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How contact and English proficiency can help Japan’s immigration policy

Wednesday, 25 March 2015

With the foreign population in Japan expected to grow in the future, policymakers have an interest in promoting a more positive view of immigration. Current public opinion toward immigration in Japan, like in much of the rest of the world, is generally negative. But recent public opinion data shows that individuals who are more likely to come in contact with foreigners or who self-assess as being of high English speaking proficiency are more supportive of increases in immigration.

Like many developed countries, Japan faces the demographic shortfalls brought on by an ageing society with a long life expectancy and a low birth rate. Both in and outside of Japan, concerns are rising regarding the solvency of social security systems, inadequate healthcare resources and shrinking workforces. While other western countries have been able to use immigration to help slow population ageing, immigration rates in Japan remain low. Japan’s foreign population stands at 2.1 million people, or 1.6 per cent of the overall population — one of the smallest immigrant concentrations in the developed world. Japan also has one of the world’s fastest ageing societies.

The Japanese government has been quietly opening the door to increased immigration through various initiatives. Japan has been actively recruiting foreign students and trainees from other Asian countries, giving individuals with Japanese heritage residency and permission to work, and offering greater incentives for highly skilled foreign professionals.

As the Abe government is looking to expand Japan’s foreign population, it must consider what influences public opinion towards immigration. According to data from the Japan General Social Survey for 2010 (the most recent one available), most Japanese individuals are against immigration. Around 63 per cent of the population opposes increasing immigration rates. But this statistic belies some diversity within the country.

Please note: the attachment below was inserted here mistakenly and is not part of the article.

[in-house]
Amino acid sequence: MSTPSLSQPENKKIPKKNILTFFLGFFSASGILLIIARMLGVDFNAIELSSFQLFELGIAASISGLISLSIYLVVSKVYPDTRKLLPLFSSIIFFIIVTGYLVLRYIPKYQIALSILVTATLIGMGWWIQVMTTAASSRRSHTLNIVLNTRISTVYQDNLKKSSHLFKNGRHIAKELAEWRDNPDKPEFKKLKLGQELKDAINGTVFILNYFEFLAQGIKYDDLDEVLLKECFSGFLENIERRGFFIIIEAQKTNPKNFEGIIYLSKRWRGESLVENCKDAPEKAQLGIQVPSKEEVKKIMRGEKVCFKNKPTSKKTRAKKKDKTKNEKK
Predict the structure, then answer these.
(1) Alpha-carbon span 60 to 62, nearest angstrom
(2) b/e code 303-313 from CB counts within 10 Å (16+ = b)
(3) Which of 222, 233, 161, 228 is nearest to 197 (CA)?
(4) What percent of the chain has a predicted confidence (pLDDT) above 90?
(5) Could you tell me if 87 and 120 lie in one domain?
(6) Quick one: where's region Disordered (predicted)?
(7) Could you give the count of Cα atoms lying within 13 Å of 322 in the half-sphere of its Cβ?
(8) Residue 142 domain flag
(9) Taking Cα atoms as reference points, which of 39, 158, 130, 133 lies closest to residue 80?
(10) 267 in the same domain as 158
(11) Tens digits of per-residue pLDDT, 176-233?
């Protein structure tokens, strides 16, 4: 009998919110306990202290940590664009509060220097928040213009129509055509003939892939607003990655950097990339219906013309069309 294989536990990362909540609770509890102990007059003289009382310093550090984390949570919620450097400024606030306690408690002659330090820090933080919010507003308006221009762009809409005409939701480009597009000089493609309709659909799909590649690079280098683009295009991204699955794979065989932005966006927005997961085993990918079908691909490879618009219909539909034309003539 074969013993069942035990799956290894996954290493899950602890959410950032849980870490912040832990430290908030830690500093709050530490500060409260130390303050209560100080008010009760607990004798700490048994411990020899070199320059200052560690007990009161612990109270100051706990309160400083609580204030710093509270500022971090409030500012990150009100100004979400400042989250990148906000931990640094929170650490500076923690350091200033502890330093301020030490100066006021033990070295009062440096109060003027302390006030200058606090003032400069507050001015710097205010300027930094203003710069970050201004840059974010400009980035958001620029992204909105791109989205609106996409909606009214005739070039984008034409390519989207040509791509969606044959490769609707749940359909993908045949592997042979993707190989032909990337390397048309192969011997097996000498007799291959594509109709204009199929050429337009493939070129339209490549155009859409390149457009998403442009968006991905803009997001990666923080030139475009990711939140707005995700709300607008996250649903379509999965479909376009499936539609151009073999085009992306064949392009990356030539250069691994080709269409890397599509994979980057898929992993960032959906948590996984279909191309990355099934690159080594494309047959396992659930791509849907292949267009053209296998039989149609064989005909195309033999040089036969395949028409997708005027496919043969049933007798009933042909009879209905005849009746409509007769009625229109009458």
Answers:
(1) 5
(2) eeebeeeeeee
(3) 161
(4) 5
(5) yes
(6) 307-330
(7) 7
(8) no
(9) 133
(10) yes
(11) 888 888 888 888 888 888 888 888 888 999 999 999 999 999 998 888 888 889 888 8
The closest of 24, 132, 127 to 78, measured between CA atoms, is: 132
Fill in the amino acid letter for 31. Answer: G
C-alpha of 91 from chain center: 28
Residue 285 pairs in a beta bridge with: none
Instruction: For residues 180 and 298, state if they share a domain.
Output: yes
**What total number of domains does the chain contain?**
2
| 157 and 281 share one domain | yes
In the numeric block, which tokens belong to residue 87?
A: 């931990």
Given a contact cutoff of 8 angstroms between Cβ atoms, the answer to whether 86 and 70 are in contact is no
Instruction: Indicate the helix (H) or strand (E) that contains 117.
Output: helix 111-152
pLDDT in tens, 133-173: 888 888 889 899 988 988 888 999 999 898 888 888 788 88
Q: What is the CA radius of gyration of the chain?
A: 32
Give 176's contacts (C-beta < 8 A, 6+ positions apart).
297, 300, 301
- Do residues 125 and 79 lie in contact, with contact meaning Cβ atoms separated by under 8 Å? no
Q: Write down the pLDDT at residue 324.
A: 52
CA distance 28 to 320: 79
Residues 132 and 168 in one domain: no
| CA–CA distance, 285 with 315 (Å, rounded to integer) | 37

Traditional migration literature tends to show that education level, household income and employment status positively affect attitudes toward immigration, but no such link exists in Japan. This is likely due to Japan’s low unemployment rate and educated, largely egalitarian populace. The foreign population remains small, so the usual argument for why populations are opposed to immigration — concern over immigrants taking native jobs — appears to hold little merit in Japan. Culture, language and security issues are the more likely to be areas of concern. Older individuals and those with children are less favourable toward immigration.

But the areas with some of the largest foreign populations — including the greater Tokyo area (Kanto) and central Japan (Chubu) — show more positive attitudes.

Individuals whose English conversation levels are self-assessed to be high have some of the most positive outlooks toward immigrants in Japan. English conversation seems to have a strong, and perhaps unexpected, effect on positive attitudes toward immigration. But a high level of English reading proficiency does not seem to have an effect. None of Japan’s top foreign nationalities (Chinese, Korean and Brazilian) are native English speakers, but English conversation ability is still strongly associated with a more positive outlook on immigration.

Why is this? Migration literature often concludes that ‘contact’ with immigrants mitigates anti-immigrant sentiment. In Japan, contact can have a positive effect on public opinion toward immigration; regions with larger foreign populations tend to have more favourable views on immigration. But immigrant numbers remain small in Japan, particularly outside of the urban centres. In lieu of actual contact with foreign residents, some effort toward ‘internationalisation’ — in this case developing English conversation ability — can also have a positive effect. Even minimal contact with a foreign element, such as the superficial contact through developing spoken English skills, may play a role in reducing anti-immigrant sentiment in Japan.

As the Japanese government looks to increase the foreign population, it should consider improving the average English conversation ability as a way of promoting positive perceptions of immigrants.


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